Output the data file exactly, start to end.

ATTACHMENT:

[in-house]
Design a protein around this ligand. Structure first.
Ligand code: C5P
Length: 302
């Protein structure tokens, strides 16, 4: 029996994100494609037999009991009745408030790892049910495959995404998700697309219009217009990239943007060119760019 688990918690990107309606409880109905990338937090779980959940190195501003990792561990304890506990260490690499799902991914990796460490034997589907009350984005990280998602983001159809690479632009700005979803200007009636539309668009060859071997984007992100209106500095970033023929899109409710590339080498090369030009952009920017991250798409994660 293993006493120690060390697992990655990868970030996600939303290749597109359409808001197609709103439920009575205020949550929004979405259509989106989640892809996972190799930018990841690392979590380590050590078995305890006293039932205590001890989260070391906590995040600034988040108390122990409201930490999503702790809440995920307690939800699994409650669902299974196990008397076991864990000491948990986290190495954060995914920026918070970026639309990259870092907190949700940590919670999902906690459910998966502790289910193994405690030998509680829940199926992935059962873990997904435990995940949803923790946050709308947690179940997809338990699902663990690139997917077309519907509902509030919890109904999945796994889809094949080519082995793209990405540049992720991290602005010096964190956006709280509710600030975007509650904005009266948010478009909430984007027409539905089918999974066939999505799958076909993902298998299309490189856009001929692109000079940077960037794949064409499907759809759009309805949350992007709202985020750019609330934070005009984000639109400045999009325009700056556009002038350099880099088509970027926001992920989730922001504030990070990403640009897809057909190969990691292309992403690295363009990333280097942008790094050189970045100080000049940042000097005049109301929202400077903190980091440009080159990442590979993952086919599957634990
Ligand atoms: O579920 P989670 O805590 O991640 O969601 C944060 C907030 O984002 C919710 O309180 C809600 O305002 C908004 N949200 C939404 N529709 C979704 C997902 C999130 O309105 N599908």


[in-house]
Design a protein around this ligand. Structure first.
Ligand code: C5P
Length: 302
């Protein structure tokens, strides 16, 4: 029996994100494609037999009991009745408030790892049910495959995404998700697309219009217009990239943007060119760019 688990918690990107309606409880109905990338937090779980959940190195501003990792561990304890506990260490690499799902991914990796460490034997589907009350984005990280998602983001159809690479632009700005979803200007009636539309668009060859071997984007992100209106500095970033023929899109409710590339080498090369030009952009920017991250798409994660 293993006493120690060390697992990655990868970030996600939303290749597109359409808001197609709103439920009575205020949550929004979405259509989106989640892809996972190799930018990841690392979590380590050590078995305890006293039932205590001890989260070391906590995040600034988040108390122990409201930490999503702790809440995920307690939800699994409650669902299974196990008397076991864990000491948990986290190495954060995914920026918070970026639309990259870092907190949700940590919670999902906690459910998966502790289910193994405690030998509680829940199926992935059962873990997904435990995940949803923790946050709308947690179940997809338990699902663990690139997917077309519907509902509030919890109904999945796994889809094949080519082995793209990405540049992720991290602005010096964190956006709280509710600030975007509650904005009266948010478009909430984007027409539905089918999974066939999505799958076909993902298998299309490189856009001929692109000079940077960037794949064409499907759809759009309805949350992007709202985020750019609330934070005009984000639109400045999009325009700056556009002038350099880099088509970027926001992920989730922001504030990070990403640009897809057909190969990691292309992403690295363009990333280097942008790094050189970045100080000049940042000097005049109301929202400077903190980091440009080159990442590979993952086919599957634990
Ligand atoms: O579920 P989670 O805590 O991640 O969601 C944060 C907030 O984002 C919710 O309180 C809600 O305002 C908004 N949200 C939404 N529709 C979704 C997902 C999130 O309105 N599908």